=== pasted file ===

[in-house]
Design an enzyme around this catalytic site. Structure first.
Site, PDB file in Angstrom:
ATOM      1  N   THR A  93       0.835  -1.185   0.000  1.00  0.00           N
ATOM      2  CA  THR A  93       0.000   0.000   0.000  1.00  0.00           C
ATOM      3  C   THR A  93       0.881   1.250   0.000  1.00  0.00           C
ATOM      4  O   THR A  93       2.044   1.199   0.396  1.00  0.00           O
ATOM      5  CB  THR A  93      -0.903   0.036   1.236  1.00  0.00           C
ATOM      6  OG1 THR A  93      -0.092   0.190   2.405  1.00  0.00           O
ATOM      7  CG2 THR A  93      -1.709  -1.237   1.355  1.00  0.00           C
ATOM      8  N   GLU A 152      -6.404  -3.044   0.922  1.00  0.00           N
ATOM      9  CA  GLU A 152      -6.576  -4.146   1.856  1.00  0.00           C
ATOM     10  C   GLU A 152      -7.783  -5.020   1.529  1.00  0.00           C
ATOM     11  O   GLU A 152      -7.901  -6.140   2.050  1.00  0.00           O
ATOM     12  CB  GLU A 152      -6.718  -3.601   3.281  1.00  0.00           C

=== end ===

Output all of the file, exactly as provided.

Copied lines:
[in-house]
Design an enzyme around this catalytic site. Structure first.
Site, PDB file in Angstrom:
ATOM      1  N   THR A  93       0.835  -1.185   0.000  1.00  0.00           N
ATOM      2  CA  THR A  93       0.000   0.000   0.000  1.00  0.00           C
ATOM      3  C   THR A  93       0.881   1.250   0.000  1.00  0.00           C
ATOM      4  O   THR A  93       2.044   1.199   0.396  1.00  0.00           O
ATOM      5  CB  THR A  93      -0.903   0.036   1.236  1.00  0.00           C
ATOM      6  OG1 THR A  93      -0.092   0.190   2.405  1.00  0.00           O
ATOM      7  CG2 THR A  93      -1.709  -1.237   1.355  1.00  0.00           C
ATOM      8  N   GLU A 152      -6.404  -3.044   0.922  1.00  0.00           N
ATOM      9  CA  GLU A 152      -6.576  -4.146   1.856  1.00  0.00           C
ATOM     10  C   GLU A 152      -7.783  -5.020   1.529  1.00  0.00           C
ATOM     11  O   GLU A 152      -7.901  -6.140   2.050  1.00  0.00           O
ATOM     12  CB  GLU A 152      -6.718  -3.601   3.281  1.00  0.00           C